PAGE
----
Education Student Engagement

Participatory Action Research – Irukkam Island, Pulicat Lake

By Gideon Balasingam

A Master Program at TISS requires us to submit a thesis to complete the graduation successfully. This thesis is an outcome of extensive work done by the student while researching on a specific theme selected by the student. However some Centers in TISS like the Center for Livelihoods and Social Innovation (CLSI) give students the opportunity to add an action component to the research and call it the Action Research. Action Research is where you implement some problem-solving strategies that the local communities want, after the detailed contextual and vulnerability analysis of the selected location. It is the free will of the students to choose between the usual research and the action research.

My specialization under social work is livelihoods and Social Entrepreneurship, it majorly deals with participatory techniques to understand, assess and transform communities. Thus I very enthusiastically chose to take up the Participatory Action Research for my dissertation. However this comes with plenty of challenges and the need to remain committed as it involves working with people in the community.

I chose Pulicat Lake, a fragile eco-system in the southern part of India as my target region for a contextual study. It is the country’s second largest brackish water lake, located majorly in the south Indian state of Andhra Pradesh and some portion in Tamil Nadu. My dear friend and classmate, Mr. Babu Rao and I spent almost ten days initially exploring the longitudinal and latitudinal stretch of the lake. We realized that the lake was under human threat and soon drying up. People who were earlier dependent on the diverse eco-system of the lake for their livelihoods have lost their sources of income and have become vulnerable to exploitation.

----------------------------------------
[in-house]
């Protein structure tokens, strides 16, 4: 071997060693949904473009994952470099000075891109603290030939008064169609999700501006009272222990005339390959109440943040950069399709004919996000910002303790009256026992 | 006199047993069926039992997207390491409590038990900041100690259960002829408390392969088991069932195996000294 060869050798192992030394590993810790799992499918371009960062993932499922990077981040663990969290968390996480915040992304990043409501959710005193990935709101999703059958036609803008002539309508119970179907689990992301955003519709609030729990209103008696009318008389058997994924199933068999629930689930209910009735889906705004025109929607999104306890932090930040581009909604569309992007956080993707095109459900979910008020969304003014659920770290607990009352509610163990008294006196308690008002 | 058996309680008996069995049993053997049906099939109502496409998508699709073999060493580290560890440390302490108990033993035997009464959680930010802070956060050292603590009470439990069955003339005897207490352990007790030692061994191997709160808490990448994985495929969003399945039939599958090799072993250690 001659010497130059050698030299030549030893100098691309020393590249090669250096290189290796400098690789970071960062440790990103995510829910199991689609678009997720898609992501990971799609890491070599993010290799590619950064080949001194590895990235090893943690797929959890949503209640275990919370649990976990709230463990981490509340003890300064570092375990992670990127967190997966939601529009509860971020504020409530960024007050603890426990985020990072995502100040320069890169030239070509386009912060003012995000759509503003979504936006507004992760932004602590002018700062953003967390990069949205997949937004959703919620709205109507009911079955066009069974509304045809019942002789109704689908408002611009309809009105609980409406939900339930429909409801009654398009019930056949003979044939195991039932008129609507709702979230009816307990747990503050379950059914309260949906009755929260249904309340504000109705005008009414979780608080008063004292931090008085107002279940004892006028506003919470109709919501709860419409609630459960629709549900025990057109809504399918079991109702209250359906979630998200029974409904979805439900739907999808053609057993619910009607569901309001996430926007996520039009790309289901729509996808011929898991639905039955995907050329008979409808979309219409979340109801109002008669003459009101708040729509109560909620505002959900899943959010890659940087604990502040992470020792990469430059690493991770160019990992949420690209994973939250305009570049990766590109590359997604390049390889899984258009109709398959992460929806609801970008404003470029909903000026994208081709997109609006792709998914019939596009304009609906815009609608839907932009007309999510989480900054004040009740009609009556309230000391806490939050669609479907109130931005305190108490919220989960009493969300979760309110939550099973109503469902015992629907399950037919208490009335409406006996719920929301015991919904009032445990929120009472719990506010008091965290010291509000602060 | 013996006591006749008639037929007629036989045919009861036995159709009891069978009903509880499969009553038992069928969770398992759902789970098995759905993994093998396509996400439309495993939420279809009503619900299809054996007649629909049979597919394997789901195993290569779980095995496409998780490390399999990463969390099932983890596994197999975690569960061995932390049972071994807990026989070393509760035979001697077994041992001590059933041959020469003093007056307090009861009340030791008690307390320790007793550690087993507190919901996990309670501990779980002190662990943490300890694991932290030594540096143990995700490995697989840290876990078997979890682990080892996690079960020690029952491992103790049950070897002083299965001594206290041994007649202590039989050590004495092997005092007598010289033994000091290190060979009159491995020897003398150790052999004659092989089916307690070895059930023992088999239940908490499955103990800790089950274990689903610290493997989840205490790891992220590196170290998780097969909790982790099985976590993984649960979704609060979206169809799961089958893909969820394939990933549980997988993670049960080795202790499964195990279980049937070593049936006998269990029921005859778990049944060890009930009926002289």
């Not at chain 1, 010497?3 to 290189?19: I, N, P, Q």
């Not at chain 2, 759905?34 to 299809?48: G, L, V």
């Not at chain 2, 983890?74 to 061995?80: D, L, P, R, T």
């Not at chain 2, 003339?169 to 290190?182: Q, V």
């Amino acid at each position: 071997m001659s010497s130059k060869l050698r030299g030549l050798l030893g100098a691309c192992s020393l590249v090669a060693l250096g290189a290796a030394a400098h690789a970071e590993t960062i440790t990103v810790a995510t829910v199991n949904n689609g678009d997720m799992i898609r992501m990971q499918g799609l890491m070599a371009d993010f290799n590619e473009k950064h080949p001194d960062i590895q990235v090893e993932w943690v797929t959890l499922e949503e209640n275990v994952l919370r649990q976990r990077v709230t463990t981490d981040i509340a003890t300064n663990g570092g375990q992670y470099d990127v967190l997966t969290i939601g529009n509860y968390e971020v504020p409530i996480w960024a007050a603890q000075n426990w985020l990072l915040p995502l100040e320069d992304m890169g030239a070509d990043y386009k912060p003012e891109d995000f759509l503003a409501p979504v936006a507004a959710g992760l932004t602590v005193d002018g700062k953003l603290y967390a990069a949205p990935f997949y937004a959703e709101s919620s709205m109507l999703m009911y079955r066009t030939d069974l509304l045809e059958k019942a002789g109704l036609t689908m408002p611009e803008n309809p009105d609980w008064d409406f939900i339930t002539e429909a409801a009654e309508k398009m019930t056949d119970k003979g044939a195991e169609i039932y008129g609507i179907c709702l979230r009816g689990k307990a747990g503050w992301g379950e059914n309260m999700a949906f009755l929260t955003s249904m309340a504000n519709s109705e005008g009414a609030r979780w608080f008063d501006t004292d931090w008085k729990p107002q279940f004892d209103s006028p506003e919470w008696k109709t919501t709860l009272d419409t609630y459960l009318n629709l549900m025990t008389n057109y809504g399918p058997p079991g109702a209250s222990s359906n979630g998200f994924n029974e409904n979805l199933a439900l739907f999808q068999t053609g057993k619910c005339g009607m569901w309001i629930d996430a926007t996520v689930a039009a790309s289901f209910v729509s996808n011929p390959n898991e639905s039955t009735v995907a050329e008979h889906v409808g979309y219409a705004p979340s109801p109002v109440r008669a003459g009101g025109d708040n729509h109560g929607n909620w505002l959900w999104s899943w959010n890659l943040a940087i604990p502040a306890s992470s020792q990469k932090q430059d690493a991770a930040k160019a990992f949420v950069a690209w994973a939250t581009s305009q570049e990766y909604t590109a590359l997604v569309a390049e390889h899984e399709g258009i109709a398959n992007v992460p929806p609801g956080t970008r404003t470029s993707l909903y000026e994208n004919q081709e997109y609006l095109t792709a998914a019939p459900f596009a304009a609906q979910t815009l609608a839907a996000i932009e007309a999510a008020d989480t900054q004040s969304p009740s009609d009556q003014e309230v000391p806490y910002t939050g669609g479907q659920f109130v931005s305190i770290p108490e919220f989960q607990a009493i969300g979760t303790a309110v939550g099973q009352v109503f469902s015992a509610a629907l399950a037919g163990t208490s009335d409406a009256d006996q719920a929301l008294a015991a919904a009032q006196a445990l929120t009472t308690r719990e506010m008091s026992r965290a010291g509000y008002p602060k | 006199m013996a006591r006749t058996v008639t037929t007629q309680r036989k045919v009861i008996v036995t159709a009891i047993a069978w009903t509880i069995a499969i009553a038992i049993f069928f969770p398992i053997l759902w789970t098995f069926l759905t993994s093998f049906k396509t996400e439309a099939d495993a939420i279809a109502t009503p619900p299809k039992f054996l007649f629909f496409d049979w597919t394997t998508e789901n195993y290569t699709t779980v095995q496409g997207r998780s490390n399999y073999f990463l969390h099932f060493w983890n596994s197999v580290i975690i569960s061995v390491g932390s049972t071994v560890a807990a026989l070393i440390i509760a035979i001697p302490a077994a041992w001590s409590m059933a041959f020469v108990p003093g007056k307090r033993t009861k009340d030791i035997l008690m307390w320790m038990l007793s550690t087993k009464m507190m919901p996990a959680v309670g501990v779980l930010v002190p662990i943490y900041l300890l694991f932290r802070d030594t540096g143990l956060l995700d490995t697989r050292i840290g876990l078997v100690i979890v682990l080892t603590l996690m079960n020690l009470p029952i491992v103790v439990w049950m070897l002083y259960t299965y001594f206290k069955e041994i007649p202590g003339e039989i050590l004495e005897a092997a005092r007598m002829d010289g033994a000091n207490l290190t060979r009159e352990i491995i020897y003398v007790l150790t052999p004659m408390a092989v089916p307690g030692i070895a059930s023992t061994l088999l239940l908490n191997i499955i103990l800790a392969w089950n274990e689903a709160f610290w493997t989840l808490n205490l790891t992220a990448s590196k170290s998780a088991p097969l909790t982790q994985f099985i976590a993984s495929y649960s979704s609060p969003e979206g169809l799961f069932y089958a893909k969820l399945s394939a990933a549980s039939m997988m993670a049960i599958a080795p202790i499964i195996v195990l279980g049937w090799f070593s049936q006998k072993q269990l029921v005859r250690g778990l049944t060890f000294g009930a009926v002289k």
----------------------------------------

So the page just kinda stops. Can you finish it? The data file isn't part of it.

A major part of the lake is left with nothing but the dried salt bed. The local people recount their experiences of how different and full the lake used to be just a few decades ago. But now roads have been built within the lake dividing it into smaller parts. Human Exploitation of the earth resources is TRUE and Climate Change is REAL.

After my first fieldwork in the area,I narrowed down to an island called Irukkam Island within the lake for in-depth vulnerability analysis, I spent around a month living on the island, along with the people there as one of their own. This island is a beautiful place and it’s an hour-long boat journey from the mainland and there are only two boat trips a day to reach there. There are around 2000 people living on that island and they are majorly rice-cultivating farmers and fishermen. Many tourists and bird-watchers also come to the island to experience the life in a remote delicate eco-system or just to take a break from the fast-moving urban lives. However the responsibility to protect the environment and keep it safe from littering or dumping non-biodegradable wastes is hugely lacking among the local people and the tourists. As a result the local people are losing out on their sustenance and irreversibly damaging the environment. There has also been damage to the Pulicat Lake because of over-fishing of crabs, prawns and fishes.

As part of the Action Research, I’m now working with the local people to resolve the climate change issues by aiming to minimize the natural resource exploitation and eco-sphere pollution, and promoting alternative livelihoods and sustainable eco-tourism. I wish to continue with my Action Research even after the completion of my course and the CLSI Center at TISS has been very supportive of it.

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ABOUT THE AUTHOR

Copy of IMG_9548_2
Gideon Balasingam, 25 years
MA Social Work in Livelihoods and Social Entrepreneurship at Tata Institute of Social Sciences, Mumbai.

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